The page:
NATO starts peacekeeping in Bosnia.
SARAJEVO – NATO forces formally began their year-long peacekeeping mission in Bosnia on Wednesday, taking over from the United Nations at a ceremony at Sarajevo’s airport.
U.S. Admiral Leighton Smith, commander of the NATO operation, was unable to attend the ceremony due to poor weather conditions. The official signing ceremony marking the transfer of military authority which was to occur during the morning ceremony was rescheduled for approximately 3 p.m. local time so that Smith can attend.
The formal hand-over was announced by U.N. Commander General Bertrand Janvier and Lieutenant-General Sir Michael Walker, head of NATO ground forces in Bosnia.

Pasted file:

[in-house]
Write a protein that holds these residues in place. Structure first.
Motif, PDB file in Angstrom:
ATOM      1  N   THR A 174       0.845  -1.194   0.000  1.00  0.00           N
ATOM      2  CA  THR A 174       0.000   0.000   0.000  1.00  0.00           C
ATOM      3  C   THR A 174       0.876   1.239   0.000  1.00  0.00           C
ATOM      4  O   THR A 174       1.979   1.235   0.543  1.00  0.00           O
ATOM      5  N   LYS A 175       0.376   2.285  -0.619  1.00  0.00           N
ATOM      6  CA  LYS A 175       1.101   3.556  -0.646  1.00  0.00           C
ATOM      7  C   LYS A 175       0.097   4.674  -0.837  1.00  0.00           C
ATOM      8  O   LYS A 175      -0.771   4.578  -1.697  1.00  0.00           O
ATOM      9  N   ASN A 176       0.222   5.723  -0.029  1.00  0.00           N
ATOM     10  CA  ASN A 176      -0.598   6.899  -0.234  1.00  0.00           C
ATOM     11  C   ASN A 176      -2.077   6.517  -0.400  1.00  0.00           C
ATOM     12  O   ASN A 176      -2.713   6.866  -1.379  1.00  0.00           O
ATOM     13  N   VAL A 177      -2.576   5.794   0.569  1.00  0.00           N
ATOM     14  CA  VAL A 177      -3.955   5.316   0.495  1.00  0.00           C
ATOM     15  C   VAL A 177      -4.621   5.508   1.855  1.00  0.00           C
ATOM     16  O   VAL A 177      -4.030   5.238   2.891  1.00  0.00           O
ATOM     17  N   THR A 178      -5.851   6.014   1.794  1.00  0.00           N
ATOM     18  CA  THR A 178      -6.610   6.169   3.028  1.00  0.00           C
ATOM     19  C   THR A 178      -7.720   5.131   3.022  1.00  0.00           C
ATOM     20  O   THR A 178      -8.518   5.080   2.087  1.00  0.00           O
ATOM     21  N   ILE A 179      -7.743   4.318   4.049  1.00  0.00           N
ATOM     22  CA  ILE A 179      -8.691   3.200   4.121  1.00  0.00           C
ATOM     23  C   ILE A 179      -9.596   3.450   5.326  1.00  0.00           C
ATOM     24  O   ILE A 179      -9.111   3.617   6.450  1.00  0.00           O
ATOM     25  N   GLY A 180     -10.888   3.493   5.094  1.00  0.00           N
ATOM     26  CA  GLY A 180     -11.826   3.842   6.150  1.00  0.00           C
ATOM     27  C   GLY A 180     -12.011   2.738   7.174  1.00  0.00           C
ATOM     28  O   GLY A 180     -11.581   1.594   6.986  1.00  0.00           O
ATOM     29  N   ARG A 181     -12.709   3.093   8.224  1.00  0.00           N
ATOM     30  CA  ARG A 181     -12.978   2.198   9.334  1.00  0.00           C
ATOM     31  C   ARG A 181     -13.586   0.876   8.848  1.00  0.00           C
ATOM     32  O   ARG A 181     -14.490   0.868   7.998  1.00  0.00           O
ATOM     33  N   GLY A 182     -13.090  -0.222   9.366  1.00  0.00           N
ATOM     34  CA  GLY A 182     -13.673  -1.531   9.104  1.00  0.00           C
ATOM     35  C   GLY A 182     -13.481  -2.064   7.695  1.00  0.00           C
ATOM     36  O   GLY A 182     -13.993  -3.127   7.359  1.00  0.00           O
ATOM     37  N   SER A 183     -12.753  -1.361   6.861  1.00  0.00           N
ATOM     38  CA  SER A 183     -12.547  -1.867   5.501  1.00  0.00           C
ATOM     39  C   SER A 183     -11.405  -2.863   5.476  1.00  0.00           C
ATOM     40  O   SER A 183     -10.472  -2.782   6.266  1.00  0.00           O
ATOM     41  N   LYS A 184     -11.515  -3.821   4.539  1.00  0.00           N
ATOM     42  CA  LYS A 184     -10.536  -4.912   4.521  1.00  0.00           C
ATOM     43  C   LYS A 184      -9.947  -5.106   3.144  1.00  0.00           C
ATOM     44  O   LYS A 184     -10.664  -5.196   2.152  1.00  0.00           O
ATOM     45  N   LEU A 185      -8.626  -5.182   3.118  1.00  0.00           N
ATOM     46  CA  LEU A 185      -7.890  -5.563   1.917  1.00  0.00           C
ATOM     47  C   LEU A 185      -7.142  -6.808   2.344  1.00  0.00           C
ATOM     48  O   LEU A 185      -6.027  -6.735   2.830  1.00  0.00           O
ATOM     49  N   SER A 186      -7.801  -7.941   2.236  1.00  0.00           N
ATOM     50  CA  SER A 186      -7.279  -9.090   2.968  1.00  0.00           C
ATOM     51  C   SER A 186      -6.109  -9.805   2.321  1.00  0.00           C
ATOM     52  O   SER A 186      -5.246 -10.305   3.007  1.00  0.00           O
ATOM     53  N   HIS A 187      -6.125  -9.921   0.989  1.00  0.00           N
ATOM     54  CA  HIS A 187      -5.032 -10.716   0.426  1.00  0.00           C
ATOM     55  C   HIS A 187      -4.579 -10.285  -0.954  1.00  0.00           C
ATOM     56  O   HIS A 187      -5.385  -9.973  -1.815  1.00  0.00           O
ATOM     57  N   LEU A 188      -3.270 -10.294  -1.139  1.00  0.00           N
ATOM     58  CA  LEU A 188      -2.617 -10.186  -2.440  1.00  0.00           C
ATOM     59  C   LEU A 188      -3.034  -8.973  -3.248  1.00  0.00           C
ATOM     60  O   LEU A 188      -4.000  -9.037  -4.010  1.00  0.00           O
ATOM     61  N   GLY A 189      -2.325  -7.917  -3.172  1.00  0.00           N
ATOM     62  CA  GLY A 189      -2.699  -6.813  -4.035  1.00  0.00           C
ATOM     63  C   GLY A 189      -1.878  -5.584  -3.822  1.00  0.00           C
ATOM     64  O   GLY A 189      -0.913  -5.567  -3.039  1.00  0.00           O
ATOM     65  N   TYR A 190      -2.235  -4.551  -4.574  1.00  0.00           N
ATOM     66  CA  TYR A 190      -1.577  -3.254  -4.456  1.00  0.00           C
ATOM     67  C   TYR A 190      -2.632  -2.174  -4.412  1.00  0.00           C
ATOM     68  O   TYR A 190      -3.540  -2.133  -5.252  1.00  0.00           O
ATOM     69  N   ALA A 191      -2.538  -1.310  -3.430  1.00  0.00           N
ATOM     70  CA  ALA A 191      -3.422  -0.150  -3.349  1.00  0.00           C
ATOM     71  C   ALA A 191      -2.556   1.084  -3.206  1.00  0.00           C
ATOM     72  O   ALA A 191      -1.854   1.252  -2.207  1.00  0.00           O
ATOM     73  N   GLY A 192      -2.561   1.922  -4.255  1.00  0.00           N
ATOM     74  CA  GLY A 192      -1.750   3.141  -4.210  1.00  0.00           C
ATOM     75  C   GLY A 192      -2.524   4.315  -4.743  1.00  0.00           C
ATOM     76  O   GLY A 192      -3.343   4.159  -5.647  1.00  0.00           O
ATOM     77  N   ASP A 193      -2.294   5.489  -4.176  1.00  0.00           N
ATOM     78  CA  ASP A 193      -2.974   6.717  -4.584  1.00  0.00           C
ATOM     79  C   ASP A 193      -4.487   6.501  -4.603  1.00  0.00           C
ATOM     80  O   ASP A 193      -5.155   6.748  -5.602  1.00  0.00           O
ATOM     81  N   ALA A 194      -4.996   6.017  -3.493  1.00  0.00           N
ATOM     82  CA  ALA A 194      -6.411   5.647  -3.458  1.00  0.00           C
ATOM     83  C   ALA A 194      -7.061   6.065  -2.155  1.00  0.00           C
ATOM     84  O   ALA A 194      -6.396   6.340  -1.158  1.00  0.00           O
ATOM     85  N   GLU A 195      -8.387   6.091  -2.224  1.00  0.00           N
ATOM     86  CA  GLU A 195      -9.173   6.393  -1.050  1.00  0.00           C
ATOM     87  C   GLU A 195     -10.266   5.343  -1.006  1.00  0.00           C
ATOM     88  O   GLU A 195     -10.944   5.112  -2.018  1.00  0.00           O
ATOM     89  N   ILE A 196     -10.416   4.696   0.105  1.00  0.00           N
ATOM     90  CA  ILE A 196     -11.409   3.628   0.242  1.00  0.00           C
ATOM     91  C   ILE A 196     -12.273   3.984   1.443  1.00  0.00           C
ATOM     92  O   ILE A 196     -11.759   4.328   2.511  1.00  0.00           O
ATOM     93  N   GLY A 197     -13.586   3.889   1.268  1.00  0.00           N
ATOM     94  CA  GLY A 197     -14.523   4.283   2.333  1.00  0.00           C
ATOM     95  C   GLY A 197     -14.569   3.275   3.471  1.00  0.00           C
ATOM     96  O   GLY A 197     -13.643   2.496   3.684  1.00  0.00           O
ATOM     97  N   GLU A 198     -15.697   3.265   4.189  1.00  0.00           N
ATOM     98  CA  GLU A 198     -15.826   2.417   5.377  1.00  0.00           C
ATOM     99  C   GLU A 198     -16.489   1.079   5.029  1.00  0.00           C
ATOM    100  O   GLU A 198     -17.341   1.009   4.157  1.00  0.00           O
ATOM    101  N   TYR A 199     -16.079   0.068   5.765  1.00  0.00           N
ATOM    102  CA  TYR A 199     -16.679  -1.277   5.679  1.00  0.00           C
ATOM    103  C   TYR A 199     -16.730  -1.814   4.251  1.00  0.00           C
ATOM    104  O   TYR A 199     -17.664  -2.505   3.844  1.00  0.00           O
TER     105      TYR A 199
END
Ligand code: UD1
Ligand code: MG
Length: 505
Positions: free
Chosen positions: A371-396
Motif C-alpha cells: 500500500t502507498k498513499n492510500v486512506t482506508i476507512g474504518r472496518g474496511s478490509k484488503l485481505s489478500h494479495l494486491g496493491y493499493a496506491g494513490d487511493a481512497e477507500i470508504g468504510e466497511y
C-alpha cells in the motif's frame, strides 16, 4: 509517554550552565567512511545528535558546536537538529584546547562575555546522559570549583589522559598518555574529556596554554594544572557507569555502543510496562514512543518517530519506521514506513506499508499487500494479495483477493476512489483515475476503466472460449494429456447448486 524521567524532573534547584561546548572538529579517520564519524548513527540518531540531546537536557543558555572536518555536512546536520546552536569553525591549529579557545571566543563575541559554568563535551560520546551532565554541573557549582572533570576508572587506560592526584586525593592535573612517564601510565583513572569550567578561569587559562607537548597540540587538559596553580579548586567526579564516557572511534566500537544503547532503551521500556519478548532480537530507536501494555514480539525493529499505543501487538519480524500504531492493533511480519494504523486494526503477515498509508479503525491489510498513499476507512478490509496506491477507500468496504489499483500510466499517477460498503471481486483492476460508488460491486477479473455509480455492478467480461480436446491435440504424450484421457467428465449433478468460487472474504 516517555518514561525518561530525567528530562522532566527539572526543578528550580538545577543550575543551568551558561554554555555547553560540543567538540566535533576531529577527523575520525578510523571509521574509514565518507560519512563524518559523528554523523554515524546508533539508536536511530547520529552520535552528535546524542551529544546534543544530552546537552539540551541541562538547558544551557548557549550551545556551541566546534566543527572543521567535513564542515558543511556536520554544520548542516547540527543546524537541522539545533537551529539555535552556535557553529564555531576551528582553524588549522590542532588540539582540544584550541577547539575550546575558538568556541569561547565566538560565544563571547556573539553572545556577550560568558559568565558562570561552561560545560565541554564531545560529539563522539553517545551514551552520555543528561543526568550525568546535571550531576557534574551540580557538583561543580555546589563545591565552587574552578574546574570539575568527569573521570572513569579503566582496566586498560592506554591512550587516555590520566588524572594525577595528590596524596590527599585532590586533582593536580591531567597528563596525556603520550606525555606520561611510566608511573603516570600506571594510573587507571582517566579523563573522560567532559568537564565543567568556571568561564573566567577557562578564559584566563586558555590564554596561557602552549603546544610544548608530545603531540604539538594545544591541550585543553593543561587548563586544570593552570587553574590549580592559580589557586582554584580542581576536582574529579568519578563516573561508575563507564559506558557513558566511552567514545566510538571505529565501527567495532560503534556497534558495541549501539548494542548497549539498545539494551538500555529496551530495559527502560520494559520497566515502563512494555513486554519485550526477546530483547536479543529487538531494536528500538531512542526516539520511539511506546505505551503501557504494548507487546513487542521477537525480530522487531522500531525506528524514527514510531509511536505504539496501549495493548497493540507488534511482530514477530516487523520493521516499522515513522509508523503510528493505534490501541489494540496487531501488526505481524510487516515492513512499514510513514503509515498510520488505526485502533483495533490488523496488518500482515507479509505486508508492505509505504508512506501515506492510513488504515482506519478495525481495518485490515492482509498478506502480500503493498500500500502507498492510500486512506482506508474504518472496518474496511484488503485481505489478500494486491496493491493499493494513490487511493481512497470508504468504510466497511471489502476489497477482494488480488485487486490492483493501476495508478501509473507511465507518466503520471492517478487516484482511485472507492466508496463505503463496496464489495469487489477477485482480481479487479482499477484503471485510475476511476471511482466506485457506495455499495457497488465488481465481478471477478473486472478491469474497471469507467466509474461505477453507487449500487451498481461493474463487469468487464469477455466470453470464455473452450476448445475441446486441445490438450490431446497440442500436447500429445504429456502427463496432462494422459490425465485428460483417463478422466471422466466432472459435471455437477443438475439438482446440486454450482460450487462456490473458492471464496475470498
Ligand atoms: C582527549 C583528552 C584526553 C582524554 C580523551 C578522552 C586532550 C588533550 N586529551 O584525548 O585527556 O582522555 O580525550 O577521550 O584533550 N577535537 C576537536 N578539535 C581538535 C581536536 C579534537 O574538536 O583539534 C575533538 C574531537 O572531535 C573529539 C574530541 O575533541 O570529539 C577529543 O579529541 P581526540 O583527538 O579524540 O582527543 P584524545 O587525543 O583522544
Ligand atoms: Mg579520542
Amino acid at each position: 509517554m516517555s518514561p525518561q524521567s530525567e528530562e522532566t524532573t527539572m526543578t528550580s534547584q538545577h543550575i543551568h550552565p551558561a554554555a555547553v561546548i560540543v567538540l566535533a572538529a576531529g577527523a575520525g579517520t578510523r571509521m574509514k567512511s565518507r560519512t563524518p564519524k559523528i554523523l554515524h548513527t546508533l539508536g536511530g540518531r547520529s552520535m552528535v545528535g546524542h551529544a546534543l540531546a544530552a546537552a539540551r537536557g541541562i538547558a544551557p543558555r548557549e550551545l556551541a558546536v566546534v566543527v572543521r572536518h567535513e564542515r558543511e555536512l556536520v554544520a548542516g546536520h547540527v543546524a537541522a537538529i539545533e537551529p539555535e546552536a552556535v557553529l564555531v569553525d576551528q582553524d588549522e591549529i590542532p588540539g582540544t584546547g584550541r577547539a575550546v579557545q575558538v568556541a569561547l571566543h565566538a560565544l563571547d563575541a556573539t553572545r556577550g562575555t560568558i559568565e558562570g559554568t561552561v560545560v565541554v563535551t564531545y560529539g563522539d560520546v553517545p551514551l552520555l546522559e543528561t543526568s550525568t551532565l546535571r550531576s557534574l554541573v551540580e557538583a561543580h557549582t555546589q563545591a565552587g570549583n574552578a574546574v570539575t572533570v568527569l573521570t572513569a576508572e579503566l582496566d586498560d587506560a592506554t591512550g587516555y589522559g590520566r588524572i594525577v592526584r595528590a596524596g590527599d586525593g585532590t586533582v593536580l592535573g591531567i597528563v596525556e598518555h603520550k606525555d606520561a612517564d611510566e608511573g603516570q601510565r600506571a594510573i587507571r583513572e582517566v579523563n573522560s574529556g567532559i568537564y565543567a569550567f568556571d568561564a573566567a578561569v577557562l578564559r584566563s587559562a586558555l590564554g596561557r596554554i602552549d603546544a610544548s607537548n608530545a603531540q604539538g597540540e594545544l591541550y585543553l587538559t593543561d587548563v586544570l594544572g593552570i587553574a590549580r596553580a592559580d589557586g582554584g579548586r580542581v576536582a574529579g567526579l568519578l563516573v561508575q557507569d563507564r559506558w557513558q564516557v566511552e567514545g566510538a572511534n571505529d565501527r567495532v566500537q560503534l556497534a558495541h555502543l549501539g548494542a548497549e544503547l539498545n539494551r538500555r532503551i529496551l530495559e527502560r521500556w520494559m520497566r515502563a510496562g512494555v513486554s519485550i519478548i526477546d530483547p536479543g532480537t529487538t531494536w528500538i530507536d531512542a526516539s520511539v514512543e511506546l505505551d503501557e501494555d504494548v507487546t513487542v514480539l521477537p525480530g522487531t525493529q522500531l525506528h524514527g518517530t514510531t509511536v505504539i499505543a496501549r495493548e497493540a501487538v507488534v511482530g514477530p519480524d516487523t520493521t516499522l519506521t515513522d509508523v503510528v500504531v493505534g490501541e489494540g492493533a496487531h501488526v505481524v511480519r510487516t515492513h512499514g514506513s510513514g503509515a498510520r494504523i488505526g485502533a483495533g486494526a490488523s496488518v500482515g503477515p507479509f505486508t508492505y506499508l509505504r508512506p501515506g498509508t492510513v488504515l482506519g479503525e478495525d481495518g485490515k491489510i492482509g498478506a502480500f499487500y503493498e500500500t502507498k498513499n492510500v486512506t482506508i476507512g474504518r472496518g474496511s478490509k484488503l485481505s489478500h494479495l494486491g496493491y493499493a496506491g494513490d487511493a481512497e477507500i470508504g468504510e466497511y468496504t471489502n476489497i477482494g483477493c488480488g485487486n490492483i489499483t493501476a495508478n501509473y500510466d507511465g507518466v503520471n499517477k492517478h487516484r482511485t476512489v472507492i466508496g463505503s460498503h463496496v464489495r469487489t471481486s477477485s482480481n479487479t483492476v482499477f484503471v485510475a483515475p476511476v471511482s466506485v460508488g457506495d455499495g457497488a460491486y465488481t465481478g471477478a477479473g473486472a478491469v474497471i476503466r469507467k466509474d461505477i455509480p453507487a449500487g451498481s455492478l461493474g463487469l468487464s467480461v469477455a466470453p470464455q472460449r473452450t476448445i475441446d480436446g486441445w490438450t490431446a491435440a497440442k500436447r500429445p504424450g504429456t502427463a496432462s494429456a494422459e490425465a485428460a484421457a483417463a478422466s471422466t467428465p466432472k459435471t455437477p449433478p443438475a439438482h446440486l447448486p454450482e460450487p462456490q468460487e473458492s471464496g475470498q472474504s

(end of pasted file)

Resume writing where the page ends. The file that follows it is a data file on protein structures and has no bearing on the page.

The ceremony clears a path for the deployment of 60,000 NATO troops who will begin setting up their military operations for the mission to enforce the Dayton Accord.
NATO forces have been preparing for the hand-over for the last two weeks. The familiar white United Nations vehicles have been painted military green, and in Tuzla Wednesday a sign identifying the U.N. airbase was removed to be replaced by a sign for the U.N. Implementation Force.
The transfer marks the end of the U.N.’s ill-fated three-and-a-half year peacekeeping mission and the start of the largest NATO operation in alliance history.